Definition of chameleon in English:

chameleon

Syllabification: cha·me·le·on
Pronunciation: /kəˈmēlyən
 
/
(chiefly British also chamaeleon)

noun

1A small slow-moving Old World lizard with a prehensile tail, long extensible tongue, protruding eyes that rotate independently, and a highly developed ability to change color.
  • Family Chamaeleonidae: four genera, in particular Chamaeleo, and numerous species, including the European chameleon (C. vulgaris) and the common chameleon (C. chamaeleon)
More example sentences
  • We all understand the ability of the chameleon to change its colours to suit its environment.
  • There are many other snakes of all different sizes, as well as chameleons, geckos, lizards, skinks, iguanas, spiders and huge tortoises.
  • Raxworthy and colleagues developed a computer model to study chameleons, lizards known for their ability to change color depending on their mood or surroundings, in Madagascar.
1.1 (also American chameleon) North American An anole.
More example sentences
  • They have been replaced by the corresponding segments of the pigment of American chameleon.
  • Among the saurian the iguanas can be pointed out, as well as the American chameleons and varanus.
  • In the pure-cone American chameleon retina, all visual opsins including rod opsin are expressed.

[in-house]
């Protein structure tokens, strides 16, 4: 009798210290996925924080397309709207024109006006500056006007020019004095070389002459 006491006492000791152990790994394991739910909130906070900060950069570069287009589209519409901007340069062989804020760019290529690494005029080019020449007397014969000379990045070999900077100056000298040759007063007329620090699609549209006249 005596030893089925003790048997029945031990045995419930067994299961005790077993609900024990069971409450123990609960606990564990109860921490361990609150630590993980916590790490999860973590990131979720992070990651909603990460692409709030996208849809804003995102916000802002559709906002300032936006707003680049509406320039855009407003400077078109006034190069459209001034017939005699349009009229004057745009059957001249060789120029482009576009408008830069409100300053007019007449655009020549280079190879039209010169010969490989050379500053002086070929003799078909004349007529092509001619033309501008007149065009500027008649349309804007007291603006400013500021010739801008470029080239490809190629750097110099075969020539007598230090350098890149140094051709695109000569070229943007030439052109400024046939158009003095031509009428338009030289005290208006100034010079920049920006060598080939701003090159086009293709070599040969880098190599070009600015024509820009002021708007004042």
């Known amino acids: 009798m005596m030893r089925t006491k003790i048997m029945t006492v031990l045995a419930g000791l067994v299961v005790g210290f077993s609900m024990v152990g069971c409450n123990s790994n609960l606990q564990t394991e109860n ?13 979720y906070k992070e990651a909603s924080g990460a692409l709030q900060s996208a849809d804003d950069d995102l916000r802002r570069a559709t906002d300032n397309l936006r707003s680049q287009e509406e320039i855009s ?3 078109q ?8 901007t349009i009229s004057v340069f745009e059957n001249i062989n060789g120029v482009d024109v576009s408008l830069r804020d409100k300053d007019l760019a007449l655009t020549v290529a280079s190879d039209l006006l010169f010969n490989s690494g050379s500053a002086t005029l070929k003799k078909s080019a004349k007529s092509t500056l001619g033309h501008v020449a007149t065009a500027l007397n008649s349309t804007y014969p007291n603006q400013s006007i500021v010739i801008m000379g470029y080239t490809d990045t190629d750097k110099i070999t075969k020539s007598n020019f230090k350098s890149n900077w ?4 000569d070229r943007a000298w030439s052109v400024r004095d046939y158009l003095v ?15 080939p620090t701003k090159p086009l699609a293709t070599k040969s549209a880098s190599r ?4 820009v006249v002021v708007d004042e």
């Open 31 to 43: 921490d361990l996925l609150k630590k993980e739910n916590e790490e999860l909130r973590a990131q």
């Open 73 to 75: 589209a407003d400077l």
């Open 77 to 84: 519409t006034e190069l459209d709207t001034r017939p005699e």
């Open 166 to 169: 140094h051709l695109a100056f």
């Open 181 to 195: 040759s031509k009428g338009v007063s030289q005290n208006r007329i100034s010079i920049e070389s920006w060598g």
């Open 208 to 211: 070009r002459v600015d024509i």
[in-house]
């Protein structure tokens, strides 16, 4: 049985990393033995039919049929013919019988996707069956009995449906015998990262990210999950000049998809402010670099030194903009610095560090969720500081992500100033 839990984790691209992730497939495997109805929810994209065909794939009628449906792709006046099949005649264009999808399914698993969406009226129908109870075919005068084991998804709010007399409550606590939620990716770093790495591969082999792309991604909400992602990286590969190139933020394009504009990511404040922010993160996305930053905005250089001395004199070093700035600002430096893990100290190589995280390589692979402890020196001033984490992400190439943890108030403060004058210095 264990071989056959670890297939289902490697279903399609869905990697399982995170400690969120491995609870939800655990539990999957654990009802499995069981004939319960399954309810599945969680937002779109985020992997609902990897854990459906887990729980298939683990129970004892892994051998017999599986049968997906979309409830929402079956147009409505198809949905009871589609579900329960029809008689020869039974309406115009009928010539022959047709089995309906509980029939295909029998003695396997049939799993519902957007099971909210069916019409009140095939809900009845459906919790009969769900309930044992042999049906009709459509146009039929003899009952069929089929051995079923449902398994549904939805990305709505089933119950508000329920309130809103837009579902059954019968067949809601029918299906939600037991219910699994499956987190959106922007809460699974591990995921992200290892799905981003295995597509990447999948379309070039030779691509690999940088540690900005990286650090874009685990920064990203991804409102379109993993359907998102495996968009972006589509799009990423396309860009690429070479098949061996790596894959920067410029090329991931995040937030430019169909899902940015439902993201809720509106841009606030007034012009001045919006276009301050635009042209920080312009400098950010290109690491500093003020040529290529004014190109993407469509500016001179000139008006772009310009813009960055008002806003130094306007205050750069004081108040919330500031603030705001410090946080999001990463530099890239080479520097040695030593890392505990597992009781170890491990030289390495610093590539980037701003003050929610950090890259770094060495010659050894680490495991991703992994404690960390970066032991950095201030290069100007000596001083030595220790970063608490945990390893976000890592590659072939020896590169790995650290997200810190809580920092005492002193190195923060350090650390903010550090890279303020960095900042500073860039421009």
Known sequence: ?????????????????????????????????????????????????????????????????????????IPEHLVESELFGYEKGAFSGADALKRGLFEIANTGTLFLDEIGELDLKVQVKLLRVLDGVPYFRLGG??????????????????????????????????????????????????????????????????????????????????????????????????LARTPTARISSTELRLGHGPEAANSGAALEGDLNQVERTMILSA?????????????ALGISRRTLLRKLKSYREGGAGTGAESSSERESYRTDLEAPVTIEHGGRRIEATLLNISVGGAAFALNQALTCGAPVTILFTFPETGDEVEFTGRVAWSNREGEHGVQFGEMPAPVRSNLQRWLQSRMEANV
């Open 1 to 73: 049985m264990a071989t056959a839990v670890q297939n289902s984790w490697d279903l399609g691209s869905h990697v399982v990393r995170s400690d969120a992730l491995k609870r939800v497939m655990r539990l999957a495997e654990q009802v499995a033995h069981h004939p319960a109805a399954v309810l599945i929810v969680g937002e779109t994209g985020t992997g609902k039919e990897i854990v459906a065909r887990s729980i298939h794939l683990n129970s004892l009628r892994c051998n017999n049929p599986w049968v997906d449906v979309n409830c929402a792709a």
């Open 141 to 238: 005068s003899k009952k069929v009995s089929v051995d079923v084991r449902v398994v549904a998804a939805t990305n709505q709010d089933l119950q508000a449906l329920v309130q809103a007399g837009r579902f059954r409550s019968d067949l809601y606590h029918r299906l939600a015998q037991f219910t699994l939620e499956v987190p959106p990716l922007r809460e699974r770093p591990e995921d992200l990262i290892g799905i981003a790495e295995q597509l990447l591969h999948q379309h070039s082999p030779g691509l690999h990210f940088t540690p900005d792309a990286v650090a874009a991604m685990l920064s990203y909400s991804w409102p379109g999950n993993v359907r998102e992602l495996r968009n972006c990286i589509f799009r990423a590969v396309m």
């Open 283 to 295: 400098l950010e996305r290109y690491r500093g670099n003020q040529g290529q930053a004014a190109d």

1.2A person who changes their opinions or behavior according to the situation.
More example sentences
  • She describes herself as a nurse chameleon who has not changed her colors - she is just wearing them in a different medium.
  • Never transforming his image significantly, yet constantly changing roles like a chameleon.
  • Look at an actor who never ceases to amaze in his breathe of characters and you'll know she is not the only fashion chameleon around.

Origin

Middle English: via Latin chamaeleon from Greek khamaileōn, from khamai 'on the ground' + leōn 'lion'.

Derivatives

chameleonic

Pronunciation: /kəˌmēlēˈänik/
adjective
More example sentences
  • Such are the eyes and soul of Christopher Doyle: chameleonic, shifting, thick and excessive, like the multifarious textures of the infinite spectrum of images he composes.
  • He's had a somewhat chameleonic career which has seen him as prog rock axe hero, fusioneer as well as a mainstream jazzer.
  • Or maybe it was the fact that she projected an aura of chameleonic malleability, in his words you could ‘take her to the ballet or a biker bar, and she would fit in completely, perfectly in either environ.’

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